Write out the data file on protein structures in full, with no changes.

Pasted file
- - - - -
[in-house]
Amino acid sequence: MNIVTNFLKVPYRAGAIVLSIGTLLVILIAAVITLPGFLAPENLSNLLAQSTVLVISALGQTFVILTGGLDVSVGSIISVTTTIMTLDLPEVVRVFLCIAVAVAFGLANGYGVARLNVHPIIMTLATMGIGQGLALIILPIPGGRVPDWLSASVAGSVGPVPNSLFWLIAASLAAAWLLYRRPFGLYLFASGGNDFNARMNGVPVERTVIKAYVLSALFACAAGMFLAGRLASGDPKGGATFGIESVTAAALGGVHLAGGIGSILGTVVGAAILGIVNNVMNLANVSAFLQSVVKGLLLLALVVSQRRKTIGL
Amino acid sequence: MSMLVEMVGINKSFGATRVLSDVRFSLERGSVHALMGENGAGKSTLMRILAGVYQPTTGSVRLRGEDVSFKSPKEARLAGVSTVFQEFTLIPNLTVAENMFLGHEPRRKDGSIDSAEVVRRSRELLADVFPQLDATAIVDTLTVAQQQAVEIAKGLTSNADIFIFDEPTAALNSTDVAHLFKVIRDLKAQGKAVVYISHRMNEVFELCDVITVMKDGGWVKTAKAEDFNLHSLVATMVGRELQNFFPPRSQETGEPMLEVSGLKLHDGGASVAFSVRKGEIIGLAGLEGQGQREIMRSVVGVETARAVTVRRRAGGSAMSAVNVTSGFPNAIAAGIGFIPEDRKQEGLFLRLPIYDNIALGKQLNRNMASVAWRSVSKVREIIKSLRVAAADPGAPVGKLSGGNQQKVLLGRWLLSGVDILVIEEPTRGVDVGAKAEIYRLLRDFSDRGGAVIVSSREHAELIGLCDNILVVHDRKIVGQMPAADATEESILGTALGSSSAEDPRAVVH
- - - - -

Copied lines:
[in-house]
Amino acid sequence: MNIVTNFLKVPYRAGAIVLSIGTLLVILIAAVITLPGFLAPENLSNLLAQSTVLVISALGQTFVILTGGLDVSVGSIISVTTTIMTLDLPEVVRVFLCIAVAVAFGLANGYGVARLNVHPIIMTLATMGIGQGLALIILPIPGGRVPDWLSASVAGSVGPVPNSLFWLIAASLAAAWLLYRRPFGLYLFASGGNDFNARMNGVPVERTVIKAYVLSALFACAAGMFLAGRLASGDPKGGATFGIESVTAAALGGVHLAGGIGSILGTVVGAAILGIVNNVMNLANVSAFLQSVVKGLLLLALVVSQRRKTIGL
Amino acid sequence: MSMLVEMVGINKSFGATRVLSDVRFSLERGSVHALMGENGAGKSTLMRILAGVYQPTTGSVRLRGEDVSFKSPKEARLAGVSTVFQEFTLIPNLTVAENMFLGHEPRRKDGSIDSAEVVRRSRELLADVFPQLDATAIVDTLTVAQQQAVEIAKGLTSNADIFIFDEPTAALNSTDVAHLFKVIRDLKAQGKAVVYISHRMNEVFELCDVITVMKDGGWVKTAKAEDFNLHSLVATMVGRELQNFFPPRSQETGEPMLEVSGLKLHDGGASVAFSVRKGEIIGLAGLEGQGQREIMRSVVGVETARAVTVRRRAGGSAMSAVNVTSGFPNAIAAGIGFIPEDRKQEGLFLRLPIYDNIALGKQLNRNMASVAWRSVSKVREIIKSLRVAAADPGAPVGKLSGGNQQKVLLGRWLLSGVDILVIEEPTRGVDVGAKAEIYRLLRDFSDRGGAVIVSSREHAELIGLCDNILVVHDRKIVGQMPAADATEESILGTALGSSSAEDPRAVVH